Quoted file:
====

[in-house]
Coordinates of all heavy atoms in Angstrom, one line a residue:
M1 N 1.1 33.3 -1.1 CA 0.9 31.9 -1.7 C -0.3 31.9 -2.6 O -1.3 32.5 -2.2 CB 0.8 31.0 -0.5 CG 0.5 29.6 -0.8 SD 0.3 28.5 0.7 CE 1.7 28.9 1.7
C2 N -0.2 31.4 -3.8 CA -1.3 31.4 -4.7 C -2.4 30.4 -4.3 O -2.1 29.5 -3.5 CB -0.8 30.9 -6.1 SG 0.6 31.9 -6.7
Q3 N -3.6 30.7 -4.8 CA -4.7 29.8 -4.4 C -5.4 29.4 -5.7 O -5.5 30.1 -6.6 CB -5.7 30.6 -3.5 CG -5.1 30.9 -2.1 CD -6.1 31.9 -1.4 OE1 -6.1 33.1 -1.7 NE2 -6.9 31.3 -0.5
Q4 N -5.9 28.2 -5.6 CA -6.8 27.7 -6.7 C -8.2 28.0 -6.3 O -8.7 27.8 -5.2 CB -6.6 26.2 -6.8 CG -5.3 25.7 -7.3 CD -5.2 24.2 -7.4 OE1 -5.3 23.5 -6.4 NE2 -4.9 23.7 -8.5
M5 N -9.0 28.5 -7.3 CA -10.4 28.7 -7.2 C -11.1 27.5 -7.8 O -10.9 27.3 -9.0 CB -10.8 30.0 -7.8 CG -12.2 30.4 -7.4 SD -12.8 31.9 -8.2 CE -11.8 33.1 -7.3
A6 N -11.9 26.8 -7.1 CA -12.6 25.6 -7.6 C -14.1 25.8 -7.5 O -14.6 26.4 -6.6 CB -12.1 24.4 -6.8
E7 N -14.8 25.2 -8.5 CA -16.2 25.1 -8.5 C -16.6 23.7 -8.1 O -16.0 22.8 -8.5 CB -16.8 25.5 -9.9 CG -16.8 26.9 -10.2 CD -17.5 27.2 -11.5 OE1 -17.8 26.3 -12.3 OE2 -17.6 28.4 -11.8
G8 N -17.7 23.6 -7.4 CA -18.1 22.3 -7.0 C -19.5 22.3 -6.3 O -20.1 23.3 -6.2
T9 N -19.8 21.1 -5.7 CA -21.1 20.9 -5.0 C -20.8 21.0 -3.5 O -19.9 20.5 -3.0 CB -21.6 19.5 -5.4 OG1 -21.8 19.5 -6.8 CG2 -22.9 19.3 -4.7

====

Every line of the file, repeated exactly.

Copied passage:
[in-house]
Coordinates of all heavy atoms in Angstrom, one line a residue:
M1 N 1.1 33.3 -1.1 CA 0.9 31.9 -1.7 C -0.3 31.9 -2.6 O -1.3 32.5 -2.2 CB 0.8 31.0 -0.5 CG 0.5 29.6 -0.8 SD 0.3 28.5 0.7 CE 1.7 28.9 1.7
C2 N -0.2 31.4 -3.8 CA -1.3 31.4 -4.7 C -2.4 30.4 -4.3 O -2.1 29.5 -3.5 CB -0.8 30.9 -6.1 SG 0.6 31.9 -6.7
Q3 N -3.6 30.7 -4.8 CA -4.7 29.8 -4.4 C -5.4 29.4 -5.7 O -5.5 30.1 -6.6 CB -5.7 30.6 -3.5 CG -5.1 30.9 -2.1 CD -6.1 31.9 -1.4 OE1 -6.1 33.1 -1.7 NE2 -6.9 31.3 -0.5
Q4 N -5.9 28.2 -5.6 CA -6.8 27.7 -6.7 C -8.2 28.0 -6.3 O -8.7 27.8 -5.2 CB -6.6 26.2 -6.8 CG -5.3 25.7 -7.3 CD -5.2 24.2 -7.4 OE1 -5.3 23.5 -6.4 NE2 -4.9 23.7 -8.5
M5 N -9.0 28.5 -7.3 CA -10.4 28.7 -7.2 C -11.1 27.5 -7.8 O -10.9 27.3 -9.0 CB -10.8 30.0 -7.8 CG -12.2 30.4 -7.4 SD -12.8 31.9 -8.2 CE -11.8 33.1 -7.3
A6 N -11.9 26.8 -7.1 CA -12.6 25.6 -7.6 C -14.1 25.8 -7.5 O -14.6 26.4 -6.6 CB -12.1 24.4 -6.8
E7 N -14.8 25.2 -8.5 CA -16.2 25.1 -8.5 C -16.6 23.7 -8.1 O -16.0 22.8 -8.5 CB -16.8 25.5 -9.9 CG -16.8 26.9 -10.2 CD -17.5 27.2 -11.5 OE1 -17.8 26.3 -12.3 OE2 -17.6 28.4 -11.8
G8 N -17.7 23.6 -7.4 CA -18.1 22.3 -7.0 C -19.5 22.3 -6.3 O -20.1 23.3 -6.2
T9 N -19.8 21.1 -5.7 CA -21.1 20.9 -5.0 C -20.8 21.0 -3.5 O -19.9 20.5 -3.0 CB -21.6 19.5 -5.4 OG1 -21.8 19.5 -6.8 CG2 -22.9 19.3 -4.7